It took 158 love letters, but David Goodman has finally written one about cheesesteaks

David Goodman
Favorite Spot: Jim’s Steaks, South St.
Neighborhood: Center City/South Philly
Address: 400 South St.

I am: A writer/artist/geek who is a regular contributor to the blogs Geekadelphia and The Quarter Bin, as well as my own blog. I spend way to much time reading comic books and… well, that’s about it.
Years in Philly: My whole life
Current Home: The suburbs (don’t judge me)

(All photos by Krystal Barber from Mote Studios)


My Love Note:

It’s the smell of the onions that gets you first.

That’s how you know you’re getting close to Jim’s Steaks; the heavenly scent of the huge pile of onions, sitting on the grill, wafting out into the South Street air. By the time you reach the black tile façade and metallic door of Jim’s itself, your mouth is watering and all you can think about is a classic Jim’s cheese steak, for me the best cheese steak in the entire city.

Now I know, there is no easier way to start an argument in Philadelphia then to talk about which place in the city has the best cheese steak. And a case can be made for both Geno’s and Pat’s, the other two Philadelphia steak institutions. But I have been a devotee of Jim’s ever since my first trip to South Street many years ago when I was a much younger man in high school.

My friend John and I were walking up and down the legendary avenue for the first time, just soaking it all in (and this was back before South St. started to change, when the shops still included Zipperheads, Tower Records and a great bookstore on every other corner, so things were still funky and weird in a good way.) when the smell of the onions hit us. We quickly found where the scent was coming from, ordered and my definition of what a cheese steak should be like was changed forever with one incredible bite.

And the thing is, Jim’s Steaks hasn’t changed a bit since that first visit 20 some odd years ago. Before I wrote this Love Note, I went to Jim’s to do some “research” and was amazed that it was like time had stood still within the walls of the place. Jim’s is a symphony of linoleum and chrome, with the pictures of the famous that had eaten there looking down on you as you devour your sandwich at the worn wooden tables or counter. You still ordered your steak the same way from the pleasant but decidedly uninterested gentleman behind the grill (one steak with American and onions, thanks) paid and then, if you were very lucky, found a place to sit upstairs. From there you could watch the masses down on South St., going in and out of Copabanana and Lickety Split, easily spotting the tourists from the locals.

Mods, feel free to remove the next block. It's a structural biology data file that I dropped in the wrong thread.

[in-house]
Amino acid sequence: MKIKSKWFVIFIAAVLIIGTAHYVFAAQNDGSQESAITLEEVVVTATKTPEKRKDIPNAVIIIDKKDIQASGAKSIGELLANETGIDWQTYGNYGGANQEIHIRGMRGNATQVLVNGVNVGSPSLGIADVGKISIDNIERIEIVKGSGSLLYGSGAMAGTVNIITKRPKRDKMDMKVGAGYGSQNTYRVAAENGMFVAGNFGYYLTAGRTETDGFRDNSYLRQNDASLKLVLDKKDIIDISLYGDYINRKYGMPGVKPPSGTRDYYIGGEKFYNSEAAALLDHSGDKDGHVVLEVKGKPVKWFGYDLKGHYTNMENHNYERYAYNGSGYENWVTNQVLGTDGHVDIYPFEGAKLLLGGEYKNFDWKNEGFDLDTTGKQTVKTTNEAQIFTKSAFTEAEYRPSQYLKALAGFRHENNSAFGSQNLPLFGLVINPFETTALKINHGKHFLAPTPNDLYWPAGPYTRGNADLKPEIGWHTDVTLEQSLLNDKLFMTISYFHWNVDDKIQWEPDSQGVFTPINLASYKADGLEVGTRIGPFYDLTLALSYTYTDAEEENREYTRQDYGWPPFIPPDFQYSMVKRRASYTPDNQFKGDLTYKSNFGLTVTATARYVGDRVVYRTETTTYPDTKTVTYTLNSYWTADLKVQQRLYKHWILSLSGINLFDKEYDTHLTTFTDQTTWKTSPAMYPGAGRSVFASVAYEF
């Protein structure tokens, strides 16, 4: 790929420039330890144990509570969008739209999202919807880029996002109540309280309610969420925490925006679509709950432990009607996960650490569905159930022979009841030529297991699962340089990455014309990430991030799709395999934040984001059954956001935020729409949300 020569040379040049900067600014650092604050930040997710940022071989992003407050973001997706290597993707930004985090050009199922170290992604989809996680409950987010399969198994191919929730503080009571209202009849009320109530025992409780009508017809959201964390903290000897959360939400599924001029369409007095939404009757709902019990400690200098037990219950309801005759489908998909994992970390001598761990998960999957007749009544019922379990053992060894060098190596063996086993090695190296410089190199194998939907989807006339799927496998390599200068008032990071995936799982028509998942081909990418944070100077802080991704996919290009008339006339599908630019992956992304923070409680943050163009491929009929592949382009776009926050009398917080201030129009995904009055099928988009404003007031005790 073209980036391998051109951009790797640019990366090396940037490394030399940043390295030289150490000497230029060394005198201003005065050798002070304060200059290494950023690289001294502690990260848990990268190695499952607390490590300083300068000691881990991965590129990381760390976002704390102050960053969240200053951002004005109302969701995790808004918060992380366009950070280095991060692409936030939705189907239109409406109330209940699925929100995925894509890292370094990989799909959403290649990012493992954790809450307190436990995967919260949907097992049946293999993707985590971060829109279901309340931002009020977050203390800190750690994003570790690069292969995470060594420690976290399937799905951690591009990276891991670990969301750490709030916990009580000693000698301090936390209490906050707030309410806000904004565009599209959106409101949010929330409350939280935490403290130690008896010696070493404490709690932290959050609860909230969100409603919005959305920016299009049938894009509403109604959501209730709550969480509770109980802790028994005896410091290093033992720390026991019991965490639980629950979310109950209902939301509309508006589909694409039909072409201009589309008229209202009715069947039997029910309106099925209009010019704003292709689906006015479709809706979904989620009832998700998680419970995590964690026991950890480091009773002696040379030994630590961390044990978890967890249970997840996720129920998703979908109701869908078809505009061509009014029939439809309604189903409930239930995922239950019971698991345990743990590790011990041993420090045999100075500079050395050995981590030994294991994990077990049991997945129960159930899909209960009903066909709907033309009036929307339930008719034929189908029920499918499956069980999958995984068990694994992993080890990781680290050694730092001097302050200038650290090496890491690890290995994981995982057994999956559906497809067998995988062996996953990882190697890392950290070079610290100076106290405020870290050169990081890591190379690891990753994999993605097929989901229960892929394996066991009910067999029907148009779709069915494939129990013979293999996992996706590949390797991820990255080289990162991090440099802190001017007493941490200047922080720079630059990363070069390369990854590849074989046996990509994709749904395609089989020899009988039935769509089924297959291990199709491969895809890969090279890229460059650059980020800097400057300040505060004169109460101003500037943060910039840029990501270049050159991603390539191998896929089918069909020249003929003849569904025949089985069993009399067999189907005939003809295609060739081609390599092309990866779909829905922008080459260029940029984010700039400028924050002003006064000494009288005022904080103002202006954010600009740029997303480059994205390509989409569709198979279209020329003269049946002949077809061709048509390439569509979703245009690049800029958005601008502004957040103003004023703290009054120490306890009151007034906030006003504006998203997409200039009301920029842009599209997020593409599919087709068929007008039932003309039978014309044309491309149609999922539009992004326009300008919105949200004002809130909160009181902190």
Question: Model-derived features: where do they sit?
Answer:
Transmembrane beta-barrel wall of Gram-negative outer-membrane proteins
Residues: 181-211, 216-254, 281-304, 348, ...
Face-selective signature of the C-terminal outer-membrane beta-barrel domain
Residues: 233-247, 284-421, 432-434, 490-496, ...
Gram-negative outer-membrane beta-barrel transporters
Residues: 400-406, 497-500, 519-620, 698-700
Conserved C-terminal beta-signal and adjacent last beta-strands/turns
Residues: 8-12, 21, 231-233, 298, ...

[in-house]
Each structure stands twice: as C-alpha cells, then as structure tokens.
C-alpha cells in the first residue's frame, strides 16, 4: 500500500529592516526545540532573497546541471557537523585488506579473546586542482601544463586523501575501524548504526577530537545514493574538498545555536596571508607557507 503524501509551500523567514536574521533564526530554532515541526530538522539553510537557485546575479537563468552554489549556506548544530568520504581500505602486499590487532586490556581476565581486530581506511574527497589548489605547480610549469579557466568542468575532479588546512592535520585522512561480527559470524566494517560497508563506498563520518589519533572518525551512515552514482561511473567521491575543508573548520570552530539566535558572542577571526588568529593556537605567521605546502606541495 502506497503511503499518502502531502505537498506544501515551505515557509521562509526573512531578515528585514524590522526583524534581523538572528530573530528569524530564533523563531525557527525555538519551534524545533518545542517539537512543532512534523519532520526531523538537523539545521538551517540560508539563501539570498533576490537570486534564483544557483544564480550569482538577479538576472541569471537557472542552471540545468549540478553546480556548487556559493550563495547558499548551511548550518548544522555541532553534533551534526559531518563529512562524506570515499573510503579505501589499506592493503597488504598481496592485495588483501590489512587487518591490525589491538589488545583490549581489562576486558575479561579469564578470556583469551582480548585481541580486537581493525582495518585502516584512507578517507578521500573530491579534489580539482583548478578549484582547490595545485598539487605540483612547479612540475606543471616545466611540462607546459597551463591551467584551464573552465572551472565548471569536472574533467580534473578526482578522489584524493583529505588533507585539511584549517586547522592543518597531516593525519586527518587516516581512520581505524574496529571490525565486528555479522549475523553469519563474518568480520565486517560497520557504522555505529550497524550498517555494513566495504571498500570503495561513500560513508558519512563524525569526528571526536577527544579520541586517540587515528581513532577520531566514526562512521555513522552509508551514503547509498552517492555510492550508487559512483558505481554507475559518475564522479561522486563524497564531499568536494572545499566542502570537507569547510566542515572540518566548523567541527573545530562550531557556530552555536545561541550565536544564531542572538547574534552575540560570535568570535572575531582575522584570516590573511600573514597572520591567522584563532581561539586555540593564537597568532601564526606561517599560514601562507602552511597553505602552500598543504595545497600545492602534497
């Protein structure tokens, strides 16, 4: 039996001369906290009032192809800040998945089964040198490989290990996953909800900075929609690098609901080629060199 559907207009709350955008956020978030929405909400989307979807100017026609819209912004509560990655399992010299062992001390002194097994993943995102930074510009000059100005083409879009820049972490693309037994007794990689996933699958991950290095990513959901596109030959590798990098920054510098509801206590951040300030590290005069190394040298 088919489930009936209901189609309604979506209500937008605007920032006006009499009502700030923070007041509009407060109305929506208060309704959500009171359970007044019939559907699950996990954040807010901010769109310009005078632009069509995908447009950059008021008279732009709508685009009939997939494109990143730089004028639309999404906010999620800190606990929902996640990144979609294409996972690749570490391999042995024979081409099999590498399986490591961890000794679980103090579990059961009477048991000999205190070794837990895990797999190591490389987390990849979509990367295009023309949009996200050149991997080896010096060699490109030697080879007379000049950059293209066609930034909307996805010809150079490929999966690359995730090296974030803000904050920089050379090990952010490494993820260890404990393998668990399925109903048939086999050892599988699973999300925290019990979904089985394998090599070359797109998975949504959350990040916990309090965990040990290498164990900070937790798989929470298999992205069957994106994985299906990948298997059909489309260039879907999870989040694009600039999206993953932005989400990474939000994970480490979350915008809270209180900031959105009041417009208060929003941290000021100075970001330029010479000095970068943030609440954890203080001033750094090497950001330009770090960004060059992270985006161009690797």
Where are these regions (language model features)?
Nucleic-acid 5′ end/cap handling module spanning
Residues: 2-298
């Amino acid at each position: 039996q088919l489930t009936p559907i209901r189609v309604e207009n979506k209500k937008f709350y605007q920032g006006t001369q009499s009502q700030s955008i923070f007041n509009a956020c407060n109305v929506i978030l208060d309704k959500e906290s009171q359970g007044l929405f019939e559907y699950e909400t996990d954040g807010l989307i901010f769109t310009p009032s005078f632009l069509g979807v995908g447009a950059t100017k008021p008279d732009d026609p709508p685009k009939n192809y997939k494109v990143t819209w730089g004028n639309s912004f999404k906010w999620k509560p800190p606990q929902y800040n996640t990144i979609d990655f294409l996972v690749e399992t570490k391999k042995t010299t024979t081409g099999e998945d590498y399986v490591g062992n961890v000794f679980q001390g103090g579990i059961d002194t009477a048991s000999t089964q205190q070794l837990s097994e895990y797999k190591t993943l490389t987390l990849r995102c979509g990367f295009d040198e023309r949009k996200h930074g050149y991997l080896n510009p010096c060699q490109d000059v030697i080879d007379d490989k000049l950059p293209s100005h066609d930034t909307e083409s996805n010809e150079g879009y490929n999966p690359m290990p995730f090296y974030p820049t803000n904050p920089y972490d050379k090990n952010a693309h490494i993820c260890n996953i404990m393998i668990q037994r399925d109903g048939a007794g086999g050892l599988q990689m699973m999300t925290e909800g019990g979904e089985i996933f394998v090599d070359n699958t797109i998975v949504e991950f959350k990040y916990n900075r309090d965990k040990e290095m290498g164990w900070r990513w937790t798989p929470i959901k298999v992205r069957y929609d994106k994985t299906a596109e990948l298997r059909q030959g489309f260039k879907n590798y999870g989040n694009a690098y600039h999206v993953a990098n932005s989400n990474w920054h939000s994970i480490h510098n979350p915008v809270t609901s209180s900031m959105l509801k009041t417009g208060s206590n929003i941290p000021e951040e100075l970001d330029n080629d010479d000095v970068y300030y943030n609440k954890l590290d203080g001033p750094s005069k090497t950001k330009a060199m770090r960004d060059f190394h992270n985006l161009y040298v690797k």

But it’s the steaks that make Jim’s stand apart from the rest. Part of it may be the cheese that is still solid when they put it on and then melts about half way through eating the steak. Or it could be the onions that are just north of fully cooked so they still have a bit of firmness and bite to them yet are hot enough to burn your mouth if you’re not careful. Or it could just be the ambiance of Jim’s itself, a relic of a different time and a South Street that doesn’t really exist anymore.

If you plan on checking out Jim’s for the first time, here are a couple of tips. First, go on a weeknight, like Tuesday or Wednesday. There is no line to deal with and you can easily find a place to sit and eat. If you go on the weekend, be prepared to wait in a line that goes around the block and is filled with tourists who have to have what a cheese steak is explained to them. Do not try to get friendly with the staff. They’re accommodating and polite, but only to a point. (It’s part of the charm of the place, trust me.) And whatever you do, don’t say out loud that such-and-such a place has better steaks. It’s rude and bad form.

Jim’s Steaks is a place that is special to me on so many levels. It’s a reminder of my youth, a reminder of the South Street of old and a reminder of why Philly is such a great town. I’ll always love the place and wouldn’t trade it for anything. And man are the cheese steaks good!

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(We organized a little Twitter meet-up for this love note. From left to right: Mikey Ilagan, from This is Not a Cheesesteak and many other publications, me, Selnika Kandula and Janeane Tolomeo from Philly-ism, and not pictured, our great photographer Krystal Barber from Mote Studios)

Posted on by Emma Fried-Cassorla in South Philly Leave a comment

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